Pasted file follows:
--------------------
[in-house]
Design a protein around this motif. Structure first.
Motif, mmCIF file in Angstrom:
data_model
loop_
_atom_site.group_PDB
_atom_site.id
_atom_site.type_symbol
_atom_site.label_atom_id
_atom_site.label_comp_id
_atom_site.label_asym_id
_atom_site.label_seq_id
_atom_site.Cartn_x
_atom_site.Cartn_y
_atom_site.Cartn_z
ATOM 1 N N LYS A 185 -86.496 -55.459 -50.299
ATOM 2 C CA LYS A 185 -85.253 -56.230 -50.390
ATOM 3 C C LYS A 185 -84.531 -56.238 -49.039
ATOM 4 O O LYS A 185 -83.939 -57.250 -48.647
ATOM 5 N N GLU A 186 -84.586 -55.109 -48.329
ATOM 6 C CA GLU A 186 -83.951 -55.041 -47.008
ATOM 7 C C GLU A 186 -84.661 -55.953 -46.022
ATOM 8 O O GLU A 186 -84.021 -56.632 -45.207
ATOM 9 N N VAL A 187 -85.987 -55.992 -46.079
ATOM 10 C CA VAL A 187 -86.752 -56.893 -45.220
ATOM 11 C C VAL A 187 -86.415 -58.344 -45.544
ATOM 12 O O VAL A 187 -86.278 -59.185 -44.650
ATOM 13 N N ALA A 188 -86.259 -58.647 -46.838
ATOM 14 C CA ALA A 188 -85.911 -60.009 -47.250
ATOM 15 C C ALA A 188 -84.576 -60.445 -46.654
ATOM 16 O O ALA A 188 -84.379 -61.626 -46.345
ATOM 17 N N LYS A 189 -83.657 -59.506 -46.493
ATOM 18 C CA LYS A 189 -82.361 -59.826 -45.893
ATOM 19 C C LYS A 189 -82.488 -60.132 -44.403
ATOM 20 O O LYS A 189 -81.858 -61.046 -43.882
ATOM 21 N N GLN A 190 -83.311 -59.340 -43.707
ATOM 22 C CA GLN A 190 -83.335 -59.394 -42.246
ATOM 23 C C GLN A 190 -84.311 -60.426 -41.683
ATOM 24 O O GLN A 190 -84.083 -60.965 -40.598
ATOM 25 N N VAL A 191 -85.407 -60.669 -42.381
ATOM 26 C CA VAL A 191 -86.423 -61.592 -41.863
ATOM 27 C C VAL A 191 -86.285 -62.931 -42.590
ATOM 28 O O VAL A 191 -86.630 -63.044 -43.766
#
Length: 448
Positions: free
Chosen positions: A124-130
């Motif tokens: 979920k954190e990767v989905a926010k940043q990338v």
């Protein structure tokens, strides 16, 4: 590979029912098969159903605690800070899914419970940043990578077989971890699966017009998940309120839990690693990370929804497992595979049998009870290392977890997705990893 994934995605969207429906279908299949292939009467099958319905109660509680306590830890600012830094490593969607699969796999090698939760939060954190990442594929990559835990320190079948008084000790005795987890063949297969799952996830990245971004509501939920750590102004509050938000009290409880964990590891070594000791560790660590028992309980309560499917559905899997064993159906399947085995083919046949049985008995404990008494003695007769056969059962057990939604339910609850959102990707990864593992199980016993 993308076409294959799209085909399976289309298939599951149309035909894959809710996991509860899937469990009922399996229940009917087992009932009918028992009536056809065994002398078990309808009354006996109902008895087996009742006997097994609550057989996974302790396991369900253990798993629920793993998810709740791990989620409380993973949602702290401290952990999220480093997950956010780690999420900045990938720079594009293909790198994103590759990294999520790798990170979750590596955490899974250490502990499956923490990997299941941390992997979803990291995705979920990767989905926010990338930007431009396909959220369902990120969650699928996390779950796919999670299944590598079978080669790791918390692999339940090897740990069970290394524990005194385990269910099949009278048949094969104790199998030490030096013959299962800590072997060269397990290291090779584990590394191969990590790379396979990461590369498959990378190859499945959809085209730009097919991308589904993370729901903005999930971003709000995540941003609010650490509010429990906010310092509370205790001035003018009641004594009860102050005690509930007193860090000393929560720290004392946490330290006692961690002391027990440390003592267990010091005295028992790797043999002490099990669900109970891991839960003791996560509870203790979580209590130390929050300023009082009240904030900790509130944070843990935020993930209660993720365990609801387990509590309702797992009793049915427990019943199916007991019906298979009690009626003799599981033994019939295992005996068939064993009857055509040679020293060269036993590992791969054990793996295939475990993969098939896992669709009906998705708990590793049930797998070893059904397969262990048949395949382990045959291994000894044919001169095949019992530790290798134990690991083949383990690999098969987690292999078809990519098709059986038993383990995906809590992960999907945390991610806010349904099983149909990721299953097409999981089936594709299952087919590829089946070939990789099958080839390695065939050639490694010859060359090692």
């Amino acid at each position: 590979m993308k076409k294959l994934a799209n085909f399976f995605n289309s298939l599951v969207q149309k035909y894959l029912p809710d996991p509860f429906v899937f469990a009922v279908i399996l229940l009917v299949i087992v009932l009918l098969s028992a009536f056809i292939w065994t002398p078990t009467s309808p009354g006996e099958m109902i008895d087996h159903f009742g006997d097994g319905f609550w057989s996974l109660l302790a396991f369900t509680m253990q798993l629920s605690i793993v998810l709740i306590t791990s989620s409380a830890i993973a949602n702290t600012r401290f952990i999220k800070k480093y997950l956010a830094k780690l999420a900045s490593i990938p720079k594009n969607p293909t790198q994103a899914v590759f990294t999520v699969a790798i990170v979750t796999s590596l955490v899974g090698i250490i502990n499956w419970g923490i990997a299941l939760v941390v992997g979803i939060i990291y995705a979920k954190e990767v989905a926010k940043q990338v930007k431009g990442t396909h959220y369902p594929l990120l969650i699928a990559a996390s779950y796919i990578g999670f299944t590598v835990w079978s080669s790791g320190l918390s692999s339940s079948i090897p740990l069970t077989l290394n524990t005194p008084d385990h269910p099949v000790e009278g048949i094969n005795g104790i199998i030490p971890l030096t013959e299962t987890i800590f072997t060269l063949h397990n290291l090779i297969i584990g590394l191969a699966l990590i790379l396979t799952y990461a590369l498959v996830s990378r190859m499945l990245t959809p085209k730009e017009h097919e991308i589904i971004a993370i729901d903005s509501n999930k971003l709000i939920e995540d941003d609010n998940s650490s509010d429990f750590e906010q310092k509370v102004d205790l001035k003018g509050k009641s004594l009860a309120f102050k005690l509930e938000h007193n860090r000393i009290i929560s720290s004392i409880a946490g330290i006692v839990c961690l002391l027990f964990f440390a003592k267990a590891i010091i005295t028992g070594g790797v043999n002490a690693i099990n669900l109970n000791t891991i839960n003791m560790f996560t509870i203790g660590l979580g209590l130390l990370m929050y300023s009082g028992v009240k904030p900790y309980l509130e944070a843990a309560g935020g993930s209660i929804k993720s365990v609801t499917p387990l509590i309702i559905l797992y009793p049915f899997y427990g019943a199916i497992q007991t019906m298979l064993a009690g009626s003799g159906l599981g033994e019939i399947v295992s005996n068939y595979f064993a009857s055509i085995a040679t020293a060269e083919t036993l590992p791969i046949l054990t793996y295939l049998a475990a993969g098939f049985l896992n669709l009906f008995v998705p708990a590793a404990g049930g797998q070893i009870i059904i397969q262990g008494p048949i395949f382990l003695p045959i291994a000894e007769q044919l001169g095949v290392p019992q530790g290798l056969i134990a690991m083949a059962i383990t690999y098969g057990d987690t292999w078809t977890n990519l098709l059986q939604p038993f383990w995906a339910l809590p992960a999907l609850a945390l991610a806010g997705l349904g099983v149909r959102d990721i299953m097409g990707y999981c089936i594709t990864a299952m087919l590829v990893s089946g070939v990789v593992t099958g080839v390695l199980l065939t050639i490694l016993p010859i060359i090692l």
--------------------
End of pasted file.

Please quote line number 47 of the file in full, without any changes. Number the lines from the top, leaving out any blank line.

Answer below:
Chosen positions: A124-130